Scientists at the Salk Institute for Biological Studies in California have developed an experimental medication that can help address the effects of Alzheimer's disease by slowing down the aging process.
In a study featured in the journal Aging, Antonio Currais and his fellow researchers at the institute's Cellular Neurobiology Laboratory examined the impact of a candidate drug known as J147 on major risk factors of Alzheimer's disease.
Experimenting on mouse models, the Salk researchers discovered that J147 was able to help make the blood vessels in the animals' brain become healthier as well as boost their cognition and memory.
"Initially, the impetus was to test this drug in a novel animal model that was more similar to 99 percent of Alzheimer's cases," Currais said. "We did not predict we'd see this sort of anti-ageing effect, but J147 made old mice look like they were young, based upon a number of physiological parameters."
The U.S. National Institutes of Health classifies Alzheimer's disease as a progressive and irreversible disorder of the brain that results in the slow deterioration of an individual's memory and thinking skills to the point where he or she cannot carry out even the simplest of tasks.
People with this debilitating illness typically develop symptoms during their mid-60s.
Health experts believe around five million people living in the United States may be susceptible to Alzheimer's disease.
David Schubert, a co-author of the Salk study, explained that while most medications created in the last two decades address the buildup of amyloid plaque in the brain, which is a known indicator of Alzheimer's, none of them have been shown to be effective in a clinical setting.
Instead of targeting the amyloid plaque, the researchers focused on aging, one of the main risk factors of the disease. They synthesized the J147 drug through the use of cell-based screens designed to address brain toxicities associated with aging.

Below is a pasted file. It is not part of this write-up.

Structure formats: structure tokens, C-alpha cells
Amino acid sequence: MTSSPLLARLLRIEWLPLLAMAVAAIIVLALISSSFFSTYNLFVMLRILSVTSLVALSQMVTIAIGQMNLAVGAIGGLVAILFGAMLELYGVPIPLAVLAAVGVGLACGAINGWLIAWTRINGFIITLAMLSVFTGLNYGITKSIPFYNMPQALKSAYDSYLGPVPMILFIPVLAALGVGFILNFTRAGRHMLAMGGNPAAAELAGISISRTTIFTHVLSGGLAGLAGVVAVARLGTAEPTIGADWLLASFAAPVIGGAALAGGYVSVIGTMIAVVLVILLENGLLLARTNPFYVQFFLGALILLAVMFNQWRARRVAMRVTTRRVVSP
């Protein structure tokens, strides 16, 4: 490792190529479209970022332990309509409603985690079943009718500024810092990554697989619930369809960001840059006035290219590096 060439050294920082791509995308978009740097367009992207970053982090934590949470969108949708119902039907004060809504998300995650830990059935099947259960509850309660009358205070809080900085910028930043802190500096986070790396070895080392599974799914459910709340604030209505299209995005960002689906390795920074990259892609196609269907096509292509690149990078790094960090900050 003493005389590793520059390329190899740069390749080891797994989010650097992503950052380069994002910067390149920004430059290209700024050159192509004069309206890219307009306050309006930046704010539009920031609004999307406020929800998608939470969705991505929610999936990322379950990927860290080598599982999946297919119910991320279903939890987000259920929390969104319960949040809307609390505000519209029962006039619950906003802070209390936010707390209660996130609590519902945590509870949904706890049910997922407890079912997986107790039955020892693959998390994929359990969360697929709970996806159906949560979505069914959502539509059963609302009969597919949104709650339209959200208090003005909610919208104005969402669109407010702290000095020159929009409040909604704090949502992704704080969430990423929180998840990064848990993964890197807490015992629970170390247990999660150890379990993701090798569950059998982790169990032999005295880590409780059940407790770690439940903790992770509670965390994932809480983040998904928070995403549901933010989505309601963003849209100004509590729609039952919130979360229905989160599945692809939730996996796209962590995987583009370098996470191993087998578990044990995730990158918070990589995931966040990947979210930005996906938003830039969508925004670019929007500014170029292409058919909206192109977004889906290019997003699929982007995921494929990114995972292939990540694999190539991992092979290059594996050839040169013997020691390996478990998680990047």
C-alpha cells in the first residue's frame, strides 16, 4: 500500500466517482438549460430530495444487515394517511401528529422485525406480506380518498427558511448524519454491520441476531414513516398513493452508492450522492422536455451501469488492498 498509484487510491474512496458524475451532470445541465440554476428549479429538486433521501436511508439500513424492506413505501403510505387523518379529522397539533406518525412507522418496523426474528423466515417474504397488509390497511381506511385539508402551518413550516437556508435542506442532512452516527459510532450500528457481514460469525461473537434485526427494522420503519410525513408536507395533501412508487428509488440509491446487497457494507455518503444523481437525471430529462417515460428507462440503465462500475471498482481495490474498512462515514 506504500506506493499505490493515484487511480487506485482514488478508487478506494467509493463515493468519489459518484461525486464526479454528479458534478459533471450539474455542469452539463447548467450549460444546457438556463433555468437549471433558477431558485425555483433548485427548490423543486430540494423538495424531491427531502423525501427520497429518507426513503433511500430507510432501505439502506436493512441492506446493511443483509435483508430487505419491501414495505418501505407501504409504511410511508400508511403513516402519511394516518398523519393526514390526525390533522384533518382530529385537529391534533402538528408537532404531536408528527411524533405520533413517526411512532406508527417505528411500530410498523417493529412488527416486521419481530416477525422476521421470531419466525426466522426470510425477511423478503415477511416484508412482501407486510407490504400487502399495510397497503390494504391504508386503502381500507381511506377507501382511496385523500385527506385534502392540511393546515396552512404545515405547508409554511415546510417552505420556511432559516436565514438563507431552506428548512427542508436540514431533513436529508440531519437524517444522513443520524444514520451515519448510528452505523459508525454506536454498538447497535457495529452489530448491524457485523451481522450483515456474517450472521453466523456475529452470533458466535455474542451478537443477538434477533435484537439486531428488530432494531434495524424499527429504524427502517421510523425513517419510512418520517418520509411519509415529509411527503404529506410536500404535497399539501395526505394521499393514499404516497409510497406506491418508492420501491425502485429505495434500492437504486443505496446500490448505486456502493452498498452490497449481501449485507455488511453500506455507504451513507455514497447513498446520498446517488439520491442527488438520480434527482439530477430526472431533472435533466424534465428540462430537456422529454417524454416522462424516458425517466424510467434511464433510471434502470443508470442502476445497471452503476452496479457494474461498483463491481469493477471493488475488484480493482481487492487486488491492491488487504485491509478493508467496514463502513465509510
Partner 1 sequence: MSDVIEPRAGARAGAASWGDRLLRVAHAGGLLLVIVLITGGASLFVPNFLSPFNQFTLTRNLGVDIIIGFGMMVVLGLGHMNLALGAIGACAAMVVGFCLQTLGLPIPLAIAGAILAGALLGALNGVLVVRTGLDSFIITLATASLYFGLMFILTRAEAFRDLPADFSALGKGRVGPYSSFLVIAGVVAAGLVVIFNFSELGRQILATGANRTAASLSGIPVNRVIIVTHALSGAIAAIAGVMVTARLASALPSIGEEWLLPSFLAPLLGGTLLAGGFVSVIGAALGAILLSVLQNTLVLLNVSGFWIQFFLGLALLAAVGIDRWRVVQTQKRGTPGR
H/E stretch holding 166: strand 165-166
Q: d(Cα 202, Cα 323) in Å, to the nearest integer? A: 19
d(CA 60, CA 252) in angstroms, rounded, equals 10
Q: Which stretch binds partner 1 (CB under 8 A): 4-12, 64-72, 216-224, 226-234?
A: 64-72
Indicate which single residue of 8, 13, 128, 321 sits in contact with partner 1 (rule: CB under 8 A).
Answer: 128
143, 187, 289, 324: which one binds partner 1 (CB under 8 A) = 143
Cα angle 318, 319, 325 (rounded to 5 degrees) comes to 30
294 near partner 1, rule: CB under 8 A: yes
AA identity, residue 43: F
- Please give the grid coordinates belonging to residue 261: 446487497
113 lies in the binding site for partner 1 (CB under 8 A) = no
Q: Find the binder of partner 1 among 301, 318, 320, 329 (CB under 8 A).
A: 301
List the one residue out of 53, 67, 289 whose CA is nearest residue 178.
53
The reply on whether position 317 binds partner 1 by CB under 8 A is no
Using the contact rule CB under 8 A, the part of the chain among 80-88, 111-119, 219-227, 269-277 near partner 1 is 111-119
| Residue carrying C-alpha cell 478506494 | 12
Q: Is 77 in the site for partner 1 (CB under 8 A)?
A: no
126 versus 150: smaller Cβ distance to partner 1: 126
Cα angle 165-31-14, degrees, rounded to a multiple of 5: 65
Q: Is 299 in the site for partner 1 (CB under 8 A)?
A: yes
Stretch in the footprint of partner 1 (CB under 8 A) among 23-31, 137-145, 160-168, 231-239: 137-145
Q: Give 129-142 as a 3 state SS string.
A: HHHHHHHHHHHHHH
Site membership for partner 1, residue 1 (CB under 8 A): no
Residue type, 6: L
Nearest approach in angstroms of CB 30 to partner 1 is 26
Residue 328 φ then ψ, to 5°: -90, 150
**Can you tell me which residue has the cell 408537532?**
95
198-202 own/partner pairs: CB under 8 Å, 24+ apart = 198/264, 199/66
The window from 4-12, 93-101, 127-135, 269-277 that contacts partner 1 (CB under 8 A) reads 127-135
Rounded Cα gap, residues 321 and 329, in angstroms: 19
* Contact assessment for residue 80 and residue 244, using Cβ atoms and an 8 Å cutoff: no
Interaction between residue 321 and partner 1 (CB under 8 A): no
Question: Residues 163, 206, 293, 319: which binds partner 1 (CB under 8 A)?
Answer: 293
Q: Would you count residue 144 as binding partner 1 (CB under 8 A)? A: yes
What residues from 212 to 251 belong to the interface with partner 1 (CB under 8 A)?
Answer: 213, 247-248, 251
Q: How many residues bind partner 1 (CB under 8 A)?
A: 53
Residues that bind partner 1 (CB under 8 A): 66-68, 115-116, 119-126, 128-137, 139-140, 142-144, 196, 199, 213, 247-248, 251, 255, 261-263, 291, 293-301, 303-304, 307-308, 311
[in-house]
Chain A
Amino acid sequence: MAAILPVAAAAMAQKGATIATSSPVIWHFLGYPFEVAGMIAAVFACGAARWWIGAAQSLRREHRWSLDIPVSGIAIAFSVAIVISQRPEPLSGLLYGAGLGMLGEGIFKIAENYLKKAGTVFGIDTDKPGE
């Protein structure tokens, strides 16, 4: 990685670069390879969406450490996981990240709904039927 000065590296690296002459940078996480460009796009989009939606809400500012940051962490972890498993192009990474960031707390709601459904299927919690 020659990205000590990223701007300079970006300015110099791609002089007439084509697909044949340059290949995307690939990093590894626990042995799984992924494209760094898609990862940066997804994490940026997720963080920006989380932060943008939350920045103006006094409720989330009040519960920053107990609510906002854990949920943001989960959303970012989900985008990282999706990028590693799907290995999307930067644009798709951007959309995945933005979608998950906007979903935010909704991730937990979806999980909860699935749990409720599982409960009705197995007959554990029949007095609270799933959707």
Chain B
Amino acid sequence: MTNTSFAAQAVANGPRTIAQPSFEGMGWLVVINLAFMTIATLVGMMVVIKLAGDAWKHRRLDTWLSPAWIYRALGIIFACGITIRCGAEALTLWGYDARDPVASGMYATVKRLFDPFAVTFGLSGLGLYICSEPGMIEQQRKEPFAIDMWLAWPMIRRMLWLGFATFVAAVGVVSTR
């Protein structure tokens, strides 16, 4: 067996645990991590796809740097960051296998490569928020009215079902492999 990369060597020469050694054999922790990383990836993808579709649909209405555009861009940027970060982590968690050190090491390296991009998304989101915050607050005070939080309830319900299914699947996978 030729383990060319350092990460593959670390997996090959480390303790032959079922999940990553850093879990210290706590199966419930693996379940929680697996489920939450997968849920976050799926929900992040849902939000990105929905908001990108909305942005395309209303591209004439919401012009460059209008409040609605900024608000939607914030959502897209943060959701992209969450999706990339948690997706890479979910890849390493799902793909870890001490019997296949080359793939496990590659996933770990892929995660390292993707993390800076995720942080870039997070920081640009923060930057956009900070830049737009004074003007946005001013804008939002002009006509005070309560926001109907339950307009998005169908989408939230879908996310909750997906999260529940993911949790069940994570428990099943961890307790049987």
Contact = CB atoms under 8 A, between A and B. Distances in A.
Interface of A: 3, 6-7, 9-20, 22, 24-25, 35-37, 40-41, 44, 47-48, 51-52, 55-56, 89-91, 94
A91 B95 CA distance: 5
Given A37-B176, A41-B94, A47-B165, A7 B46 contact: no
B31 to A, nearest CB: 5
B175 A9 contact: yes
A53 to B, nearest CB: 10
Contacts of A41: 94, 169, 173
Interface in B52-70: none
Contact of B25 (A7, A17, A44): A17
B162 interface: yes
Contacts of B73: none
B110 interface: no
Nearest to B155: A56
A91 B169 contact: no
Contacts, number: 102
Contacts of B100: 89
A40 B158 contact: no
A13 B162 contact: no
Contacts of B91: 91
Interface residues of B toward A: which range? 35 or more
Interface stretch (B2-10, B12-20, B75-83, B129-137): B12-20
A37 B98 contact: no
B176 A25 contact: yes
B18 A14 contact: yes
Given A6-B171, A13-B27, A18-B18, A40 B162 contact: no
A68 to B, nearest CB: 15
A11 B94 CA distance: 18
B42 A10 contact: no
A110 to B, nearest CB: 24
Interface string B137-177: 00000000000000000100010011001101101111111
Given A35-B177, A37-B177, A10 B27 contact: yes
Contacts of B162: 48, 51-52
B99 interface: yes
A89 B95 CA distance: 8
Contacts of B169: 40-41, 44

The research team discovered that the new drug is capable of preventing and reversing the effects of Alzheimer's and memory loss in laboratory mice engineered to inherit a form of the disease.
This version of Alzheimer's, however, only accounts for around one percent of disease cases. Schubert said the remaining cases are still associated with old age.
Schubert and his colleagues made use of a comprehensive set of essays to examine all known gene expressions in the brain and more than 500 molecules linked to the metabolism of the blood and brains of three different sets of rapidly ageing laboratory mice.
The sets of mice consisted of one group that was old, one group that was young and one that was old but fed with the experimental J147 drug as they progressed.
The mice that were given the medication showed fewer signs of Alzheimer's disease. They also displayed an increase in energy metabolism, reduced inflammation and reduced oxidized fatty acid levels, markers that were similar to those of younger mice.
The microvessels in the animals' brain also had less blood leakage.
The Salk researchers are set to continue their study by conducting trials on humans in 2016.
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